Jane commented that His bloody project was somewhat similar to Burial rights albeit that the former had more fictional elements. I must confess that I was under the misapprehension that GM-B had based his novel on more historical fact than was the case. Judith lamented that the book did not hold her interest all that well and I am afraid that I must agree. There was a wide spread of scores but, in the main, the book made a positive impression.

Scores: Jo 8; Simon 9; Helen 7; Karen 6; Charles 4; Wendy 8; Judith 6; Jane 6; Christine (email) 7. Average score = 6.8

Many thanks to Judith, ably assisted by the lovely Priscilla, who hosted in her new home for the first time.



Book 210: Man Tiger

Posted in Uncategorized at 11:59 am by Mark MacLean

man-tiger29 March 2017, at the Harmon home (minus Charles)

The book received mixed reviews culminating in discussion about high and low sixes as our scores reflected conflict of what a six really meant (you had to be there!). We were all keen to read an Indonesian author as most had not read any other Indonesian writers. The book opens with the ending – a murder, going back to explore the story that led to the murder, always knowing the perpetrator and the victim.

The story is set in a small town on the Indonesian coast and tells the story of two interlinked and tormented families and of Margio, a young man who conceals within himself a supernatural female white tiger. Margio’s grandfather has told him the story of how the white tiger is passed down the family line and it is the tiger that perpetrates the violent murder. This opening act of violence and its mysterious cause is unravelled as events progress toward a heartbreaking story of domestic violence, affairs and family problems.

The group was also divided in its sense of place, some feeling they could clearly picture the small Indonesian village, others not taken there. Most agreed however that some of the issues that were borne out were universal ie domestic violence and that it depicted the inequities and betrayals of family life with a cultural twist of the white tiger that inhabited Margio. We all would have liked more exploration the grandfather’s story of the white tiger and its cultural context as well as Margio’s relationship with his grandfather, a character we all liked.

Review: KH

Scores were as follows: Simon 7; Karen 5; Helen 6; Judith 6; Jane 5; Charles 5; Marion 7; Jo 6.

Book 209: These Are The Names

Posted in Uncategorized at 11:55 am by Mark MacLean

these_are_the_names28 February 2017, at Marion’s.

It was a somewhat depleted book group that met at Marion’s  – Christine was at Uni, Helen and Simon off in Noosa, Charles in Tamworth, Jo was moderating several thousand speech therapists on the internet, Karen was just back from Sydney and snuffling with a nasty cold, and Mark was living it up in Lightning Ridge. However, the remaining members had a very convivial evening with lots of good discussion.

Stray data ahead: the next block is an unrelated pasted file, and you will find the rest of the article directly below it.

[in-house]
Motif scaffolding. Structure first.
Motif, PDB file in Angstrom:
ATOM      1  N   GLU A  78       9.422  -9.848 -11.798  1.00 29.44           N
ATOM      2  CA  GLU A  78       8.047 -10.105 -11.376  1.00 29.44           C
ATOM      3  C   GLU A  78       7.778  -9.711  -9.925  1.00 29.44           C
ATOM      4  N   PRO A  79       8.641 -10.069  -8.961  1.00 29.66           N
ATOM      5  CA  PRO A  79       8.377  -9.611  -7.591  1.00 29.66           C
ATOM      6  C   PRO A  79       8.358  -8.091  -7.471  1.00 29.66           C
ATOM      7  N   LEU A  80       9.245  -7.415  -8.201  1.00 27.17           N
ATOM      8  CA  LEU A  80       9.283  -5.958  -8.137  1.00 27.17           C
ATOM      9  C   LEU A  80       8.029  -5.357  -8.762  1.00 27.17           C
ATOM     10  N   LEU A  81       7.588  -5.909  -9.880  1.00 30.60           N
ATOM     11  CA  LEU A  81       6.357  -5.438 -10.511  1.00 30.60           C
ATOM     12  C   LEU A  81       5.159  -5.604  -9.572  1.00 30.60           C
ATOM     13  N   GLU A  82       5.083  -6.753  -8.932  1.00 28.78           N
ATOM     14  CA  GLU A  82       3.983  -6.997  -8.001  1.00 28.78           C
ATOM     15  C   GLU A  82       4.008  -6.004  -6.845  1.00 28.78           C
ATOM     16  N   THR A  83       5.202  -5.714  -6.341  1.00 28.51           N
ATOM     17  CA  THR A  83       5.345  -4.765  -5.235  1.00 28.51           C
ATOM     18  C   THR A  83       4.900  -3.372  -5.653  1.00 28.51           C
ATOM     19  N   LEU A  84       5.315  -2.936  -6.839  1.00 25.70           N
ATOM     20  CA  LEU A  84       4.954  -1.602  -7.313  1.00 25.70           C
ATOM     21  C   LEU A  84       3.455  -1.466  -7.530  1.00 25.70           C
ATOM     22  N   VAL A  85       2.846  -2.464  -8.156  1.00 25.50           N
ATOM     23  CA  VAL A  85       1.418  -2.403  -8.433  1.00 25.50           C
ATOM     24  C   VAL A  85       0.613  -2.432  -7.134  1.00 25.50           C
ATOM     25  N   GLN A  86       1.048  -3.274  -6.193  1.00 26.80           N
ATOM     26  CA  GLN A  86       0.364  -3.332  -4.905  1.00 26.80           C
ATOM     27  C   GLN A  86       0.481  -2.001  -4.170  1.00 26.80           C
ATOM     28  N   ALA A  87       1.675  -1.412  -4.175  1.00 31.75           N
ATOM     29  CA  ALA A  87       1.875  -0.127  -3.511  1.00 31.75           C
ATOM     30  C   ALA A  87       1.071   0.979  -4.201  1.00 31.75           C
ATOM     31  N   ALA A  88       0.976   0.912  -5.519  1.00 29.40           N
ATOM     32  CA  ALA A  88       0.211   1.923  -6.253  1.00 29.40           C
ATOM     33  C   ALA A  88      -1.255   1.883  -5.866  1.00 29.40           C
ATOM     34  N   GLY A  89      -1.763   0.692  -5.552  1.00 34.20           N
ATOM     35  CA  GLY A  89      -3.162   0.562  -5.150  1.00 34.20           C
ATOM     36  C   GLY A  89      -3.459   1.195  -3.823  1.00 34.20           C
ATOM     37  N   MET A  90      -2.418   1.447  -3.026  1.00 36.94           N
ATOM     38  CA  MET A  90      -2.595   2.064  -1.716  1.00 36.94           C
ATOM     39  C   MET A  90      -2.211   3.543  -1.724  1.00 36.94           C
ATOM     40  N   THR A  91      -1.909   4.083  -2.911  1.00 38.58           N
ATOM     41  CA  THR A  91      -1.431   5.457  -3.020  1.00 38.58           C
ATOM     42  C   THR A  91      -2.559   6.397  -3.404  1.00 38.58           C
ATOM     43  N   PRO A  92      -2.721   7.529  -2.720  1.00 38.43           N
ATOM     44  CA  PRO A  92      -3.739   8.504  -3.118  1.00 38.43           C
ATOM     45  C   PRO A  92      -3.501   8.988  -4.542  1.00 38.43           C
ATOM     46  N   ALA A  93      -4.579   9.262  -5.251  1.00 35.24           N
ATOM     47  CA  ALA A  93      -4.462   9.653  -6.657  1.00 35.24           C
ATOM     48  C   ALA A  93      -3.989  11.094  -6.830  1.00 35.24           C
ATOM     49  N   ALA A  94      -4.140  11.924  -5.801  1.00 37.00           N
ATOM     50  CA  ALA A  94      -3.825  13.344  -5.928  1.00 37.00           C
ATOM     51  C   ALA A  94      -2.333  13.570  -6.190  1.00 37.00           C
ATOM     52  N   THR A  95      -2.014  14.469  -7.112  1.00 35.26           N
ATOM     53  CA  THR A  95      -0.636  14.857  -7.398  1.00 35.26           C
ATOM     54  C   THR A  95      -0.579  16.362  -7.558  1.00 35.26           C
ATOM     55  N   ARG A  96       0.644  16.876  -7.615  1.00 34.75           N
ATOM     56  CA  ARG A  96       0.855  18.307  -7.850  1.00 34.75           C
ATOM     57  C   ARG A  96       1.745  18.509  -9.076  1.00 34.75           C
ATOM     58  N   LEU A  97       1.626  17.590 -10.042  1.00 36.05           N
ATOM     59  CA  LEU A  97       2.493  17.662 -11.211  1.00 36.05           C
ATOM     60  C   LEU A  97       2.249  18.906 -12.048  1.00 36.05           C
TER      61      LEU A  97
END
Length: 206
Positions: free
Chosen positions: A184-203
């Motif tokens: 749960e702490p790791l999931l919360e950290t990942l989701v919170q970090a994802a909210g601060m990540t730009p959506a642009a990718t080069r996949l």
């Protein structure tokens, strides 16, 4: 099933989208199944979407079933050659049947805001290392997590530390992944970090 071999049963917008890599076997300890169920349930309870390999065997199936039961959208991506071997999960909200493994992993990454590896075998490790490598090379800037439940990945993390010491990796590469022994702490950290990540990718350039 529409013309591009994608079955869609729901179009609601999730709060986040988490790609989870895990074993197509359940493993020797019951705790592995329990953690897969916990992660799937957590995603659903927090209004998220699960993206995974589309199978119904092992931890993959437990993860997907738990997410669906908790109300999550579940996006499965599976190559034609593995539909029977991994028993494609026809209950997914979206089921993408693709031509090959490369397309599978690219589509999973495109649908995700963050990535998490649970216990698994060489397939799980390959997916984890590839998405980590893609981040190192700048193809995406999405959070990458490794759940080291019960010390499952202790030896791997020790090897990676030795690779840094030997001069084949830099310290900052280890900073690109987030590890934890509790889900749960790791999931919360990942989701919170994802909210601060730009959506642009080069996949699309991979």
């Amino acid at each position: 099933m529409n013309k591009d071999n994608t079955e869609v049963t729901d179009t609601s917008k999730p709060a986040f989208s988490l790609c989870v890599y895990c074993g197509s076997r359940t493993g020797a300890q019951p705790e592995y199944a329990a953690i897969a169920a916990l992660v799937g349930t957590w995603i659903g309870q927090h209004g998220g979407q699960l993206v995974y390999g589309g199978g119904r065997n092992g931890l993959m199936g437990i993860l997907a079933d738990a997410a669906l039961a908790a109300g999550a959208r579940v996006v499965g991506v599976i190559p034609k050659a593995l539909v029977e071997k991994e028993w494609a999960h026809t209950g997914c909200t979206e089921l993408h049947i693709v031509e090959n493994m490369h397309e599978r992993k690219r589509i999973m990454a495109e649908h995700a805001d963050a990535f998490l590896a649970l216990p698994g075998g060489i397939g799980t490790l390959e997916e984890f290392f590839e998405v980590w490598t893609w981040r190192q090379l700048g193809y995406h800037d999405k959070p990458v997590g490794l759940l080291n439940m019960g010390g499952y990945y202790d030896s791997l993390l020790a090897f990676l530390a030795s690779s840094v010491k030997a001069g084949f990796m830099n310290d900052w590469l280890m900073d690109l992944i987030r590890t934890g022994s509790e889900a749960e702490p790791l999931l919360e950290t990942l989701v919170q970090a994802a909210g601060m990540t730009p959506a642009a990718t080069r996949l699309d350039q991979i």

The title gives us a broad hint of the near-biblical saga to come, as a group of migrants from an unidentified place in Middle Asia search for their promised land in the west. Two separate stories are told in alternate chapters, but the reader knows that the stories and characters will collide at some point. These are the Names is a quote from Exodus 1:1 “Now these are the names of the children of Israel, which came into Egypt; every man and his household came with Jacob.” Throughout the book there are parallels between the Flight into Egypt and the the wanderings of the refugees, who endure incredible hardship. Other refugee stories were referenced – Charles has pointed out similarities with the Oakies from John Steinbeck’s Grapes of Wrath. Although not all the refugees have names, their characters are developed well, as is their deterioration as they are progressively stripped of “their possessions; their pasts; their identities and their lives”.

Also the character of Pontus Beg, the flawed Chief of Police in the parallel story – getting old, craving love and respect, a little bit corrupt (so the police can get paid at the end of the month), but not without humour – is beautifully drawn.

To quote (in bits) Simon:

The migrants have no names, except for Vitaly, and latterly the Ethiopian, who is given the name Africa by his fellow travellers. As they search for their destination, Pontus Beg searches for some meaning to his life, something other than the daily routine of running a police station in a small town, tackling petty crime, aiding and abetting the corrupt imposition of fines. The migrants start out with a strange set of rules and superstitions: they keep away from people with red hair; they are suspicious of the Ethiopian, who knows how to find food, how to deal with the hardships of the journey better than they can. Eventually, when things get too bad, he has to be killed, his head carried on the journey as a talisman. Instead of reaching the fabled west, land of riches and plenty, they wash up – finally – in Michailopol, victims of a cruel trick. This is up there with the fake lifejackets and the trains bound for “Germany”, but which pull up hours later at an internment camp.